Thus, under UCC § 2-302(1), an unconscionable contract is voidable.22 

An unconscionable contract is one which “is so grossly unreasonable or unconscionable in the light of the mores and business practices of the time and place as to be unenforceable according to its literal terms”.23 In other words, an unconscionable bargain is one that “no person in his or her senses and not under delusion would make on the one hand, and as no honest and fair person would accept on the other”.24 

The gravamen of an unconscionable contract is the “absence of meaningful choice on the part of one of the parties together with contract terms which are unreasonably favorable to the other party.25 Whether a contract is unconscionable requires an examination of the contract formation process so as to determine the absence of meaningful choice.26 To that end, to determine the absence of meaningful choice, courts focus on “the size and commercial setting of the transaction, whether deceptive or high-pressured tactics were employed, the use of fine print in the contract, the experience and education of the party claiming unconscionability, and whether there was disparity in bargaining power”.27 

UCC § 2-302(2) provides that when a party claims a contract should not be enforced because it is unconscionable, “the parties shall be afforded a reasonable opportunity to present evidence as to its commercial setting, purpose and effect to aid the court in making the determination.” This is because, generally, a claim of unconscionability only exists to protect the commercially illiterate, such that it does not lie in a commercial setting, where the parties dealing at arm’s length have equality of bargaining power.28 Accordingly, where there exist no circumstances establishing that consent to the execution of a contract was not “freely and knowingly given”,29 there is no claim for unconscionability.30 Indeed, when a party is represented by counsel during the formation of a contract, courts have declined to uphold a claim for unconscionability.31 

Whether a party can bring an affirmative claim to void an agreement for unconscionability has been clearly answered by the case law which proscribes it. It is clear that a party cannot bring an affirmative claim sounding in unconscionability in the formation of an agreement.32 In other words, unconscionability can only be asserted as a defense to the enforcement of a contract and not as a claim for money damages.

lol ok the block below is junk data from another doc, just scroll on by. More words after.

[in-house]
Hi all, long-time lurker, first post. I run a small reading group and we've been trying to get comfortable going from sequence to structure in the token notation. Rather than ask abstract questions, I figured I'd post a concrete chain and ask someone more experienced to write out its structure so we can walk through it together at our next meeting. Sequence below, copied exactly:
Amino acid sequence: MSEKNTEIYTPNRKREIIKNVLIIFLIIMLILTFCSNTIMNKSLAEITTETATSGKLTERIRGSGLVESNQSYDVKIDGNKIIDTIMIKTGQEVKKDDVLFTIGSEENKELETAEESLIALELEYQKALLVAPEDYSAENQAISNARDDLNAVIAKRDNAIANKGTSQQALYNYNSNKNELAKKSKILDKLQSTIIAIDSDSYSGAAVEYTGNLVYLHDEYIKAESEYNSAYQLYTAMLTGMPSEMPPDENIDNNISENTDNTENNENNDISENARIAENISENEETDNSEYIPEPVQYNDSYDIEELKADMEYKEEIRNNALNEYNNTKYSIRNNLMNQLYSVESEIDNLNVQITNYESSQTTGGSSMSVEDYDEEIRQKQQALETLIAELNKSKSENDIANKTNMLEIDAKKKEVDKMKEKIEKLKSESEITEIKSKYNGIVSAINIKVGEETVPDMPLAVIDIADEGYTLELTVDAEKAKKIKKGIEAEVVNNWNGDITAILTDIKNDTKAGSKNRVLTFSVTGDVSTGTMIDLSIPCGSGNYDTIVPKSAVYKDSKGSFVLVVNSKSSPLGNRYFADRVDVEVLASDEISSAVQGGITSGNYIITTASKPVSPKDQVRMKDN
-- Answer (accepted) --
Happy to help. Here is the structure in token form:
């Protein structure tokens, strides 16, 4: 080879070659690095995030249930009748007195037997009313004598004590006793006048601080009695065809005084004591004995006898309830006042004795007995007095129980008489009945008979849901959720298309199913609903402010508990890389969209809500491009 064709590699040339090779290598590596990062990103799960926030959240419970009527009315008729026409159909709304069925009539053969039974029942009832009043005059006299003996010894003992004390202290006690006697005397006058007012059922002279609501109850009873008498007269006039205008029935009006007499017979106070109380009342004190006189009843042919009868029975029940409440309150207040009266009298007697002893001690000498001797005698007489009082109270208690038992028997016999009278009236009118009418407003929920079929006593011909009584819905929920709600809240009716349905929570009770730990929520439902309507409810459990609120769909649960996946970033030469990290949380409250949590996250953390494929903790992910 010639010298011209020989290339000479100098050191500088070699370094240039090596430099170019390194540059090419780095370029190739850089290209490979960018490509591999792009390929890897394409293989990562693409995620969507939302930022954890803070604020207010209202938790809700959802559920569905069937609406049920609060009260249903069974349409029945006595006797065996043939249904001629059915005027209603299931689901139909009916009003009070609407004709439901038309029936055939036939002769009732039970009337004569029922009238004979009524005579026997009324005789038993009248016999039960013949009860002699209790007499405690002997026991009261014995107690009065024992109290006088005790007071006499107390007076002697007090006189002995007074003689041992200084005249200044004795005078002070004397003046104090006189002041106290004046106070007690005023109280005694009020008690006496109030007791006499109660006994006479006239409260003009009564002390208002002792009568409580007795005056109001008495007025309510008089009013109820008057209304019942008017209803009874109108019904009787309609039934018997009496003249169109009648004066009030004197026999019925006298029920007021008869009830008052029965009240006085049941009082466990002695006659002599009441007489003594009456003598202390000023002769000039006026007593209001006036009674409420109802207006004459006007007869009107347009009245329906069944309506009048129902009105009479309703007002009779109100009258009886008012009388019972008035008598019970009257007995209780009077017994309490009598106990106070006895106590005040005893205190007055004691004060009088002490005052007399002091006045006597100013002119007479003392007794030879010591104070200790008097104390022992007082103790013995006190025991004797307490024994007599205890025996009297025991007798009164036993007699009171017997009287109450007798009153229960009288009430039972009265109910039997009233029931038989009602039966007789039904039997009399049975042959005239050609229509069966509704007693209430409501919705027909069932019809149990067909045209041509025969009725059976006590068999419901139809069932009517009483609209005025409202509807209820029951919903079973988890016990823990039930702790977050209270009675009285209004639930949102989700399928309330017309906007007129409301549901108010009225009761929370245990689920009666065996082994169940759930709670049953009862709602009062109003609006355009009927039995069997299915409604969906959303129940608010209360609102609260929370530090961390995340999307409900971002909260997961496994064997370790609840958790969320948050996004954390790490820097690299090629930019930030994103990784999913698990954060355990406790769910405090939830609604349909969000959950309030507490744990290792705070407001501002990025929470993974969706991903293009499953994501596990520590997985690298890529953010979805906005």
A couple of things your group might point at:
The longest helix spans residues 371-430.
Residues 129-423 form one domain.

Fraudulent Inducement

To plead a cause of action for fraud, a plaintiff must allege that the defendant made a misrepresentation or omission of a material existing fact, which was false and known to be false by the defendant when made, for the purpose of inducing the plaintiff’s reliance thereon; that the plaintiff justifiably relied on such misrepresentation or omission; and that the plaintiff was injured thereby.33 

One of the more “nettlesome” elements of a fraud claim is justifiable reliance.34 Whether a plaintiff justifiably relied on a misrepresentation or omission is a fact-intensive inquiry.35 As the New York Court of Appeals observed, “[n]o two cases are alike ….” For this reason, the courts look to whether the plaintiff had the “means available to him for discovering, ‘by the exercise of ordinary intelligence,’ the true nature of a transaction he is about to enter into” and whether he made “use of those means”.36 If the plaintiff does not do so, “he will not be heard to complain that he was induced to enter into the transaction by misrepresentations.”37 After all, a plaintiff cannot claim justifiable reliance on a misrepresentation when he or she could have discovered the truth with reasonable diligence.38

Whether a plaintiff exercised diligence in ascertaining the truth should not be determined by hindsight. As the Court of Appeals explained, when “a plaintiff has taken reasonable steps to protect itself against deception, it should not be denied recovery merely because hindsight suggests that it might have been possible to detect the fraud when it occurred.”39 

Sophisticated parties have a heightened duty to use the means available to them to verify the truth of the information upon which they rely and to use their sophistication to conduct due diligence.40 A sophisticated plaintiff cannot establish justifiable reliance on an alleged misrepresentation if the plaintiff failed to make use of the means of verification that were available to him.41 Thus, to sustain a claim of fraud, sophisticated parties must have discharged their own affirmative duty to exercise ordinary intelligence and conduct an independent appraisal of the risks they are assuming.42

With foregoing legal principles in mind, we examine Norman Realty.

Norman Realty & Constr. Corp. v. 151 E. 170th Lender LLC

Over the course of several years, plaintiff and defendant executed a series of agreements related to real property located in the Bronx, N.Y. (the “Property”). Pursuant to the mortgage and loan transactions governed by these agreements, plaintiff was the borrower and defendant was the lender.